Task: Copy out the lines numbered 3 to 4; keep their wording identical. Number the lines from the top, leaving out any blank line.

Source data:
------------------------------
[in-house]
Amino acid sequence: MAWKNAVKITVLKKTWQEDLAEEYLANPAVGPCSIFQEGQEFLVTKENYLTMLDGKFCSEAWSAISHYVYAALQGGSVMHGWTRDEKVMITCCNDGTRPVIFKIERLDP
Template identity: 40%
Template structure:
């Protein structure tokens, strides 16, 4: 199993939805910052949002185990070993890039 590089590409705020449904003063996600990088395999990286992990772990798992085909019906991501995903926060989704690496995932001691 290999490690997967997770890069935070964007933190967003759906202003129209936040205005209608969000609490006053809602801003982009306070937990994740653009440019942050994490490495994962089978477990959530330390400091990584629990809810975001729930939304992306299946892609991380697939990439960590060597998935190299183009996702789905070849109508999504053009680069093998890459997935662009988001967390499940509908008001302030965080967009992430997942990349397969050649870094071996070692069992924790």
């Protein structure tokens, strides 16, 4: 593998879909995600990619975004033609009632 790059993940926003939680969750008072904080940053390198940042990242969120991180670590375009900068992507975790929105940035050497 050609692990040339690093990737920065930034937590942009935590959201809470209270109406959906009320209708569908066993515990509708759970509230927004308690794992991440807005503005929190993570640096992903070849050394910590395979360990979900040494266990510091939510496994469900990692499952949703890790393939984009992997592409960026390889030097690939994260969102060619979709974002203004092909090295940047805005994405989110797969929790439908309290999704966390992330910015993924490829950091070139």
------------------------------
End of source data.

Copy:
Template identity: 40%
Template structure: